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As calls for criminal justice reform grow louder, some social workers, religious leaders and legal experts want to expand the use of an alternative, nonpunitive system of justice for cases ranging from student conflicts to assaults involving adults. They say that “restorative justice,” through “peace circles,” mediation and other methods, promotes conciliation and remediation by bringing offenders, victims and community members together to determine how best to help victims and rehabilitate offenders. Advocates say restorative justice can potentially reduce repeat offenses, incarceration rates and court costs. But critics, including some prosecutors, deride it as a soft-on-crime approach that won't work for violent crimes such as assault. They also disagree with proponents' claims that restorative justice programs can heal victims or keep career criminals from returning to prison. All sides agree more research is needed to determine whether restorative justice can one day help transform the nation's criminal justice system.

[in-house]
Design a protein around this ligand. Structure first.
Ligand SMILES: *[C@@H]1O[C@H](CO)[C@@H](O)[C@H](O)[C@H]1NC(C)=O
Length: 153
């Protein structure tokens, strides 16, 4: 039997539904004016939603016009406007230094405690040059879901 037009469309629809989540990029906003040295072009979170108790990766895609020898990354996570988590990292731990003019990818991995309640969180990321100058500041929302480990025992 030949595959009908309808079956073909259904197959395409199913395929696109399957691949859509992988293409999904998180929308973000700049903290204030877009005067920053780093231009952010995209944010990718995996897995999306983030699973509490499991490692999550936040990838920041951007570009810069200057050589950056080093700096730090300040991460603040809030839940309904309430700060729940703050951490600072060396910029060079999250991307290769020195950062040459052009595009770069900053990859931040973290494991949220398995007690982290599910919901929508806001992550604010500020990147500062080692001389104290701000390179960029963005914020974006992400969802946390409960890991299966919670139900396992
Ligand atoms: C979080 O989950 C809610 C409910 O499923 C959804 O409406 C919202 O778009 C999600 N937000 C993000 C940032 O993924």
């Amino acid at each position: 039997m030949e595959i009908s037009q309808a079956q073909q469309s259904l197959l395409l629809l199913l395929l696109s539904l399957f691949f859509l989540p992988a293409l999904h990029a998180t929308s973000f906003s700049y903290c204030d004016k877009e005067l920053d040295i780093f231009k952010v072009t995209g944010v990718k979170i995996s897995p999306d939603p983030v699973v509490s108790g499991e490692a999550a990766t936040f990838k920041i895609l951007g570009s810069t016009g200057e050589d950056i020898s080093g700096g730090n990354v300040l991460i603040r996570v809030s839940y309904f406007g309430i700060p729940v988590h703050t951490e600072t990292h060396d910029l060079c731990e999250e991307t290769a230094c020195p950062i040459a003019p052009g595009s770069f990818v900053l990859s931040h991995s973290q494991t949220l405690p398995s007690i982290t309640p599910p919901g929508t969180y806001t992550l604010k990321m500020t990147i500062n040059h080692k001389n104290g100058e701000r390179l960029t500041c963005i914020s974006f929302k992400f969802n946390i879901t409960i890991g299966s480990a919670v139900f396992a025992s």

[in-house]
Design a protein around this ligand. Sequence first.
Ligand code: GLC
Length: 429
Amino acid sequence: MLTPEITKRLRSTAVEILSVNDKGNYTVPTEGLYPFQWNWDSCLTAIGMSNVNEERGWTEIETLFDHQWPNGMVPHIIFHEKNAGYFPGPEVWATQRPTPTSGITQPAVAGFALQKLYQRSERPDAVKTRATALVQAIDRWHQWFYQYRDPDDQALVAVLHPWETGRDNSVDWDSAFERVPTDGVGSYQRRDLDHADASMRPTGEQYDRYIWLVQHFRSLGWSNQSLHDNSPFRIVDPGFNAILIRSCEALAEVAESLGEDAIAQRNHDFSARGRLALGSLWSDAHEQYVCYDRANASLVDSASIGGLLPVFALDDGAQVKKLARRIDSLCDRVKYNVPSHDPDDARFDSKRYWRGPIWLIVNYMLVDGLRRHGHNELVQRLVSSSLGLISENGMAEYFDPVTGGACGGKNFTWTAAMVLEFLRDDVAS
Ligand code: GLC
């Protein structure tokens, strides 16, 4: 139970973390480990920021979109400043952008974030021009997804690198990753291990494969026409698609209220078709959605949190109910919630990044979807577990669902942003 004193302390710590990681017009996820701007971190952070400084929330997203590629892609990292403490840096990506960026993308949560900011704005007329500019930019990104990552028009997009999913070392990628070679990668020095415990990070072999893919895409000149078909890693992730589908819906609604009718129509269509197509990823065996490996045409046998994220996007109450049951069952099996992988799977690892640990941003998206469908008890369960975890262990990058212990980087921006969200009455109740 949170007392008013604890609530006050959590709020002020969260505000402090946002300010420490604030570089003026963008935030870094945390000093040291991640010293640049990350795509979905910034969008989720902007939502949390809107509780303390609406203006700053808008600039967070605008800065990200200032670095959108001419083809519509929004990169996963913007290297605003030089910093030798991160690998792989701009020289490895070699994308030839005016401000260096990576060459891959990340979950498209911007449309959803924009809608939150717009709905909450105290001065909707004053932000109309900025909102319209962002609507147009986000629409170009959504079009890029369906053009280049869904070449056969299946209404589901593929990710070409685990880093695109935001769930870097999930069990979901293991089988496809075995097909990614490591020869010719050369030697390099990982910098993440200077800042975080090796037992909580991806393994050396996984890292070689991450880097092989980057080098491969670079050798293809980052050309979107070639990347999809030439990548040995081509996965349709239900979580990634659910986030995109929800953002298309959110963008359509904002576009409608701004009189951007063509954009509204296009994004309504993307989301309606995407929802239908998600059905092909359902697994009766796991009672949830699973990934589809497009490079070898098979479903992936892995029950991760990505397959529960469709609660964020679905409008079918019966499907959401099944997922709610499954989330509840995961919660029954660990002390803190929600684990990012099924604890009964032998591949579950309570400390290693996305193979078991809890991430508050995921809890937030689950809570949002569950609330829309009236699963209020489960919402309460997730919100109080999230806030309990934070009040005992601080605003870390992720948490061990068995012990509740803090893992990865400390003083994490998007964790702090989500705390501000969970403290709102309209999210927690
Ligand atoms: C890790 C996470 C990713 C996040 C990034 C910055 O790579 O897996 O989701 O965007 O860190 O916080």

U.S. school systems are expanding restorative practices.
Some experts say offering restorative justice on college campuses could help sexual assault victims and offenders.
At the National Level
Federal laws support restorative justice for juveniles and gang members.
Could restorative justice reduce U.S. incarceration rates?
Director, Center for Family and Community Engagement, North Carolina State University.
Senior Lecturer, School of Criminology and Criminal Justice, Griffith University, Queensland, Australia.